In this post I would like to share parts of a conversation I had with a client on our approach to innovation. While the context of the discussion was improving the design of garage hooks, the ideas are applicable to most types of products.
If both software and nature tell us that organic geometries are the most efficient when it comes to material usage, why are we attracted to minimalism?
Some tips for creating parametric models that update as we want them too.
Like a judo master who takes down his opponent using smallest possible movements, these products achieve a lot with little. The BIC Crystal pen is a perfect example of such a product.
In this post I discuss a simple heuristic that I have found useful when designing things.
When I first started using CAD I was amazed by their lack of usability. All the parametric modelling programs I tried felt like relics with bolted on features that made little intuitive sense. The result was that modelling became a drag.
This changed as I discovered Fusion 360.
There is no point in me going over why this is happening. We all use touchscreens and know the ways in which they are awesome. What I would like to spend a second talking about is what we are loosing as we switch to the glass interface.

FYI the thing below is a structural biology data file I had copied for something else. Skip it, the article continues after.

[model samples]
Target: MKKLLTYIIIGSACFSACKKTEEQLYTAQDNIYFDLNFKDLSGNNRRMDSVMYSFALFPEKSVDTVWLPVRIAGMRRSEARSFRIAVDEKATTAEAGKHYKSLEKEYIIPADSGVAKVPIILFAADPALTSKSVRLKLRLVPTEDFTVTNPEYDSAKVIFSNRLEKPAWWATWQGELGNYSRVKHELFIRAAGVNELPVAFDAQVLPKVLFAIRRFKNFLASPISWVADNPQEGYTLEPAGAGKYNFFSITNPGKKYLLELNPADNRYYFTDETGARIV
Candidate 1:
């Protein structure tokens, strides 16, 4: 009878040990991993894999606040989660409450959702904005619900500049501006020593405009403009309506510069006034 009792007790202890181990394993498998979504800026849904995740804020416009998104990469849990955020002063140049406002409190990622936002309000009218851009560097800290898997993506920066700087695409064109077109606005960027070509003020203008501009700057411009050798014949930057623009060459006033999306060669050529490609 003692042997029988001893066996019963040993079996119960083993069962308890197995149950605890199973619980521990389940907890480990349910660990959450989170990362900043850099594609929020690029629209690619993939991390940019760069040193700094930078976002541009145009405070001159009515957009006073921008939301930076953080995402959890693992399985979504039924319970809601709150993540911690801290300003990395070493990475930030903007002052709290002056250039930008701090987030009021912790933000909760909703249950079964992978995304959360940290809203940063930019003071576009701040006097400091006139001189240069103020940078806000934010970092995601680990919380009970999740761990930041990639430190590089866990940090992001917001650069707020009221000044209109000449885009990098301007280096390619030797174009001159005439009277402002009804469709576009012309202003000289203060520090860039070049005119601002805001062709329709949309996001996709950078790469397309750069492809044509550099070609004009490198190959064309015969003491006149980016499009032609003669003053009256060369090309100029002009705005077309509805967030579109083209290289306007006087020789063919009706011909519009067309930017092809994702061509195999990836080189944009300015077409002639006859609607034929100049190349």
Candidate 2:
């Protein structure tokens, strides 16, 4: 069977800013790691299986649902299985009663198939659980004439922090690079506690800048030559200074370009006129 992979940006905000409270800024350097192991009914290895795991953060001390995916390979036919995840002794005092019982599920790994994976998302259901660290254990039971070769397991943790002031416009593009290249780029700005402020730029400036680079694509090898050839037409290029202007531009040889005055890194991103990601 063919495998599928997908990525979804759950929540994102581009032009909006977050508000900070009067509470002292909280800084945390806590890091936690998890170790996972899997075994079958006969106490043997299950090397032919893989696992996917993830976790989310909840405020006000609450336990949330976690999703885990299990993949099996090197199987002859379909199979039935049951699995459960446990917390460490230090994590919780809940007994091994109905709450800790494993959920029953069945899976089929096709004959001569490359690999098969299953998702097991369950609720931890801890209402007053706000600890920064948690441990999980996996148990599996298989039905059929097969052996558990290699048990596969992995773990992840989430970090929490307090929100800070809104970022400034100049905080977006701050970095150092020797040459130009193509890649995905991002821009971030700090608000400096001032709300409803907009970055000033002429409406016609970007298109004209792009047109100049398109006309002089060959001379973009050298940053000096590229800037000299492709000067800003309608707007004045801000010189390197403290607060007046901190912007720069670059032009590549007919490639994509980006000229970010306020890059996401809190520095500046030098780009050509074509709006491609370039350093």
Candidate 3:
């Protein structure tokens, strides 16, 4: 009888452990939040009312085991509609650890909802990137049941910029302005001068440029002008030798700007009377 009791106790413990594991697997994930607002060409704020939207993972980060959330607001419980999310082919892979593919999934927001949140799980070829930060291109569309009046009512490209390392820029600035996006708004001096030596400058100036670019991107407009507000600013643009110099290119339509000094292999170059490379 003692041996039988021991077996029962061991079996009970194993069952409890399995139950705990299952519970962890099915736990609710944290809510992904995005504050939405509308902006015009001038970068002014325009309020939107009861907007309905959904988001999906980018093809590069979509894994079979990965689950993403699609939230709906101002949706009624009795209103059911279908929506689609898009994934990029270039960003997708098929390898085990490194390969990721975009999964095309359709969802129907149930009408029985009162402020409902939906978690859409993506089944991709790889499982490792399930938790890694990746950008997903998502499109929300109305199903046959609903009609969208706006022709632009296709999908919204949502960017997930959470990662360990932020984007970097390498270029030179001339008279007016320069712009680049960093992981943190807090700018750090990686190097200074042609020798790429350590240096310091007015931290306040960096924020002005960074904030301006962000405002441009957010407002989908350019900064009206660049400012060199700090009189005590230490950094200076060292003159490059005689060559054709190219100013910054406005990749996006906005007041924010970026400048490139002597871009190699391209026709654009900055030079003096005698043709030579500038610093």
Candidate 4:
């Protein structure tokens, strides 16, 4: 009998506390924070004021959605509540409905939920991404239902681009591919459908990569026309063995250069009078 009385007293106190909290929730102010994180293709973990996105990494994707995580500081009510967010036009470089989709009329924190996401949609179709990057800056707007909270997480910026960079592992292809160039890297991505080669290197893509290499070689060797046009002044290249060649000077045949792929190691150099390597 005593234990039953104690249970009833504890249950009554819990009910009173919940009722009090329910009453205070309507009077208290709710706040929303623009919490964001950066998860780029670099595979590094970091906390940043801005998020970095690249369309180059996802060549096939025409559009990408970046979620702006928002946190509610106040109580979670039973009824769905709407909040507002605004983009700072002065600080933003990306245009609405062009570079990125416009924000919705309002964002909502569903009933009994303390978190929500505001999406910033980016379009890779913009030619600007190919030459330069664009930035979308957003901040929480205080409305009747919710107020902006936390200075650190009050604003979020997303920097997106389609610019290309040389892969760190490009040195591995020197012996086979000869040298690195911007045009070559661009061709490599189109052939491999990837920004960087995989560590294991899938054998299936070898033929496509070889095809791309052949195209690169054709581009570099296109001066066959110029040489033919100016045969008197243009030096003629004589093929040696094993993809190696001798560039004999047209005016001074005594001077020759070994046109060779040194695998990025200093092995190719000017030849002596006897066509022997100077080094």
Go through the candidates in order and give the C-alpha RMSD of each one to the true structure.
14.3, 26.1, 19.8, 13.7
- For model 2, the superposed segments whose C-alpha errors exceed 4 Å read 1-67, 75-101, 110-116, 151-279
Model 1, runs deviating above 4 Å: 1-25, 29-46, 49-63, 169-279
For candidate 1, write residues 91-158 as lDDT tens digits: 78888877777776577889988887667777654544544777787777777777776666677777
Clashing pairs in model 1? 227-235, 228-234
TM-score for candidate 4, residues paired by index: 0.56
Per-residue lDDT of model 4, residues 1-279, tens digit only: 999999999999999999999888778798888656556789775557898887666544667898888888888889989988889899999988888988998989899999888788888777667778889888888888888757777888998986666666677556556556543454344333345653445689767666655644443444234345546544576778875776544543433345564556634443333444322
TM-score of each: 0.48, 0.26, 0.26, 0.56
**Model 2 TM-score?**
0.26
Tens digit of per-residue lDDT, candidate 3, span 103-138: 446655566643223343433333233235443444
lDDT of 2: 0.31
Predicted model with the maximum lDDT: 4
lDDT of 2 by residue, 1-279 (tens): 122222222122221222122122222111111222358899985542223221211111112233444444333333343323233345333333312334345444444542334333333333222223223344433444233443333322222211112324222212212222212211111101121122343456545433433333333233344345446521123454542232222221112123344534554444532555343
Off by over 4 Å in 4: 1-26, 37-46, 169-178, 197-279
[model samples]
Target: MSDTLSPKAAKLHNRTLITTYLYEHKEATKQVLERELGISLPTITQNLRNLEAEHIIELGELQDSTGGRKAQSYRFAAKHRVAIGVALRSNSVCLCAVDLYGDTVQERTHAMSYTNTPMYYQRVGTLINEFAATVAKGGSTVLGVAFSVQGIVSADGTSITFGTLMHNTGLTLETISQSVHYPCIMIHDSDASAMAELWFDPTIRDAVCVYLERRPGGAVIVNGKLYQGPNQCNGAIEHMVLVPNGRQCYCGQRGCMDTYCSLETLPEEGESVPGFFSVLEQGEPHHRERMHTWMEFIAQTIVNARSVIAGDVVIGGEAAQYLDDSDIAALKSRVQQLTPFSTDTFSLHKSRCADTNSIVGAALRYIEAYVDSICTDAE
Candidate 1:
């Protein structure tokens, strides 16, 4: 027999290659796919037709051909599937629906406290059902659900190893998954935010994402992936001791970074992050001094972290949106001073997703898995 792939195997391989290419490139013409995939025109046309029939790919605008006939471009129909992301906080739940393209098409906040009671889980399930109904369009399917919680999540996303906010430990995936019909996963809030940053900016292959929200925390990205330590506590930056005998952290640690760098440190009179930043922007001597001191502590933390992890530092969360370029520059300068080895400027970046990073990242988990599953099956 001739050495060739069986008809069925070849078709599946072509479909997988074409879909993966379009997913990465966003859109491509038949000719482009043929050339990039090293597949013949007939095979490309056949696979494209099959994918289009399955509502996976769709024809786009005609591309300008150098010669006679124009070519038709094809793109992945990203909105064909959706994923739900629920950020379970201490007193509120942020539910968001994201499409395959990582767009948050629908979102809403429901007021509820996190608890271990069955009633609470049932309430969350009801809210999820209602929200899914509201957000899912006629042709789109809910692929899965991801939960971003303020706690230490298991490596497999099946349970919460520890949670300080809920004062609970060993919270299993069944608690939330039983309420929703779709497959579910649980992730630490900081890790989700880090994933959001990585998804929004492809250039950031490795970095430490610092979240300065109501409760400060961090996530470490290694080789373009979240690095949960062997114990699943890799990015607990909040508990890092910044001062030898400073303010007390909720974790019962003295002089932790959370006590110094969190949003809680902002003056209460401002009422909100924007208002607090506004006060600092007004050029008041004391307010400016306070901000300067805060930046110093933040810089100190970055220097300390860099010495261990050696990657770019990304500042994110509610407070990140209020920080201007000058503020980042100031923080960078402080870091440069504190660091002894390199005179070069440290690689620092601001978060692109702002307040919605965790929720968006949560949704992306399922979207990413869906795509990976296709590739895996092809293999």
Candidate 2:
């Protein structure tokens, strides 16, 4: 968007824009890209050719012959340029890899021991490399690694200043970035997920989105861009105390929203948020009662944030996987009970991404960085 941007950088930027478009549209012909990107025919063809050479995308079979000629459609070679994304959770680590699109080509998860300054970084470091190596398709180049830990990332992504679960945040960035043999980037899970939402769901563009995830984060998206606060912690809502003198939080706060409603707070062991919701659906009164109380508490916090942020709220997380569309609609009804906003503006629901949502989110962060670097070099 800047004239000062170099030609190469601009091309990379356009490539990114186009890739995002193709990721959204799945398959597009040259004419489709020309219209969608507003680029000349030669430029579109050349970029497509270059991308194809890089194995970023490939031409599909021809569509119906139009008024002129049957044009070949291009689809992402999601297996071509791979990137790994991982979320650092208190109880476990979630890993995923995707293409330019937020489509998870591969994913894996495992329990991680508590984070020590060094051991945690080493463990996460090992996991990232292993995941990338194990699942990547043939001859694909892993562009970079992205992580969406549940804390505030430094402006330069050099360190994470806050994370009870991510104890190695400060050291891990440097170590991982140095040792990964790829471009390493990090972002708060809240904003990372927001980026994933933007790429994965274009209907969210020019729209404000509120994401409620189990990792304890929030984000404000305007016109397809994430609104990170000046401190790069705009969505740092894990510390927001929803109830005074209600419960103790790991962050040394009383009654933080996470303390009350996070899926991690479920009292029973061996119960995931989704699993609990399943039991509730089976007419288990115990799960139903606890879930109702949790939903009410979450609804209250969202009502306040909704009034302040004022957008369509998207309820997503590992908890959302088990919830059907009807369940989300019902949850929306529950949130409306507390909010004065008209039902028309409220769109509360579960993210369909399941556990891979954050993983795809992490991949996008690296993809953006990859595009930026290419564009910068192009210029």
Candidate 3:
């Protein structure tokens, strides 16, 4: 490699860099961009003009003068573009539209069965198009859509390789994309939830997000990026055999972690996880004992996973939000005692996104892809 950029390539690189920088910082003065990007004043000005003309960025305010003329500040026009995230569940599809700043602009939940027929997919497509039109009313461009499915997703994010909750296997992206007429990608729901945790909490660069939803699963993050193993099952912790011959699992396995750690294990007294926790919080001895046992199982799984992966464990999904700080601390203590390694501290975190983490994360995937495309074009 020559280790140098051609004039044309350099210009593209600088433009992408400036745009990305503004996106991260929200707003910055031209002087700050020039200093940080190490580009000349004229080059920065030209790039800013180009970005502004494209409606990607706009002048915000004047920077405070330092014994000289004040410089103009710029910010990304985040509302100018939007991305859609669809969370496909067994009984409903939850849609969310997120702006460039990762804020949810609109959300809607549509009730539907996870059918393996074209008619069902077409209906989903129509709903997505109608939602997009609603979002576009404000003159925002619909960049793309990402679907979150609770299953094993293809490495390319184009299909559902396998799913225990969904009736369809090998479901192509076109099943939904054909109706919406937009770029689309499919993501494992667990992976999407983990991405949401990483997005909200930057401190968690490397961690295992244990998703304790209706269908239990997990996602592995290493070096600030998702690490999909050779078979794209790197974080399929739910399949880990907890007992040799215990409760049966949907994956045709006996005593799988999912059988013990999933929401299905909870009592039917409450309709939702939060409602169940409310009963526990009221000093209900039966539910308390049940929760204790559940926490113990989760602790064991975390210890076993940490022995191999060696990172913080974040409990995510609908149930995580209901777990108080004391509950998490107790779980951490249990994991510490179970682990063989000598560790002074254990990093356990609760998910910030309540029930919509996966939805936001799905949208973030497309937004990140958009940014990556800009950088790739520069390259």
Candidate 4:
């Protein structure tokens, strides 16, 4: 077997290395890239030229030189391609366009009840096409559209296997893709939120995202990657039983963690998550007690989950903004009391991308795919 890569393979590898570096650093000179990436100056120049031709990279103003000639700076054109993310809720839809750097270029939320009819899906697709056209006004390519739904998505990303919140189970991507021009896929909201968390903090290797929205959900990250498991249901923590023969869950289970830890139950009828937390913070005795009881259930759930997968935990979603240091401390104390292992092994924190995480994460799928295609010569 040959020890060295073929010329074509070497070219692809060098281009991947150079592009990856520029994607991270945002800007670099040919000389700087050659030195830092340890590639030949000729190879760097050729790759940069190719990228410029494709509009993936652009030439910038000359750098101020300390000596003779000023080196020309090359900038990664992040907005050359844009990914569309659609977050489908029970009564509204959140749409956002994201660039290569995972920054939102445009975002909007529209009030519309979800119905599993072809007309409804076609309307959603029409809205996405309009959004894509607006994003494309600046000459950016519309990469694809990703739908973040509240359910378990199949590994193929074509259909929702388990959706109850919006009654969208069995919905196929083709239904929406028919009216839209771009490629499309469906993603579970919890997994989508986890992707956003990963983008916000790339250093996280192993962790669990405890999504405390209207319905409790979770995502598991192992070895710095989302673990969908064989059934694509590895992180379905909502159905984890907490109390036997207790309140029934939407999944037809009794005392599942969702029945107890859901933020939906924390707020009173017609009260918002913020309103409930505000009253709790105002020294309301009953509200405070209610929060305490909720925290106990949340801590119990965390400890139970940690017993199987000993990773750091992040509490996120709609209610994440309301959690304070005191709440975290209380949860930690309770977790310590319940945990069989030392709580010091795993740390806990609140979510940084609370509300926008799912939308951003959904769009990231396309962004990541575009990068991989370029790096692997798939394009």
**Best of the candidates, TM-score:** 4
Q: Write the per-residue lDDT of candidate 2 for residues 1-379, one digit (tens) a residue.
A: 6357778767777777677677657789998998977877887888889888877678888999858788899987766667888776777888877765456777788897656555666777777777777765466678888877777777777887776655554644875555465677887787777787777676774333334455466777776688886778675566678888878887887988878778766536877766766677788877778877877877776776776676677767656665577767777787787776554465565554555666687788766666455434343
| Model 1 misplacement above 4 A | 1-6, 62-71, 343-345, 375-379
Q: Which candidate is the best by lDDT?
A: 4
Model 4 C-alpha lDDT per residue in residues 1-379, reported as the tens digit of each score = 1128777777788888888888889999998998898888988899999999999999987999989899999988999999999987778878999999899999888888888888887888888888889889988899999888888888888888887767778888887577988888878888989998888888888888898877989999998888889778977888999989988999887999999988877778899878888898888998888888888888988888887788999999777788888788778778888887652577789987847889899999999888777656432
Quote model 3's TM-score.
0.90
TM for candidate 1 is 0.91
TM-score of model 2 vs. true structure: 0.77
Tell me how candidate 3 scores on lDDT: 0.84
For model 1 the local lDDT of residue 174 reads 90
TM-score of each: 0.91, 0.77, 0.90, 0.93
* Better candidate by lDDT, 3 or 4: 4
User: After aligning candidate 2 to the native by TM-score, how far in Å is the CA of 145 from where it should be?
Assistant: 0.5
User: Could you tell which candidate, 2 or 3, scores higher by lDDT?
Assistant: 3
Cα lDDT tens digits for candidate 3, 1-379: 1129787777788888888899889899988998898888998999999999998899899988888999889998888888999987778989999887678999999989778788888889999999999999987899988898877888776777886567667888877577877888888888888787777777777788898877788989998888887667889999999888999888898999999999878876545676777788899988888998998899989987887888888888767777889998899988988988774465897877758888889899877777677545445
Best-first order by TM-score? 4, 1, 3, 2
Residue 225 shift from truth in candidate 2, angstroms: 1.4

In this post I go over some high level concepts that will help you create photorealistic product renderings.
With the arrival of the digital age our attention spans have dropped significantly. But why are attention spans decreasing, and how to we combat this?
Letting users customize various aspects of their products has progressively become a more common practice. Consumers today often get to choose a multitude of product traits, such as colour, size, texture and tech-specs. Despite all of the great things about customization there are some problems that can appear if implemented incorrectly.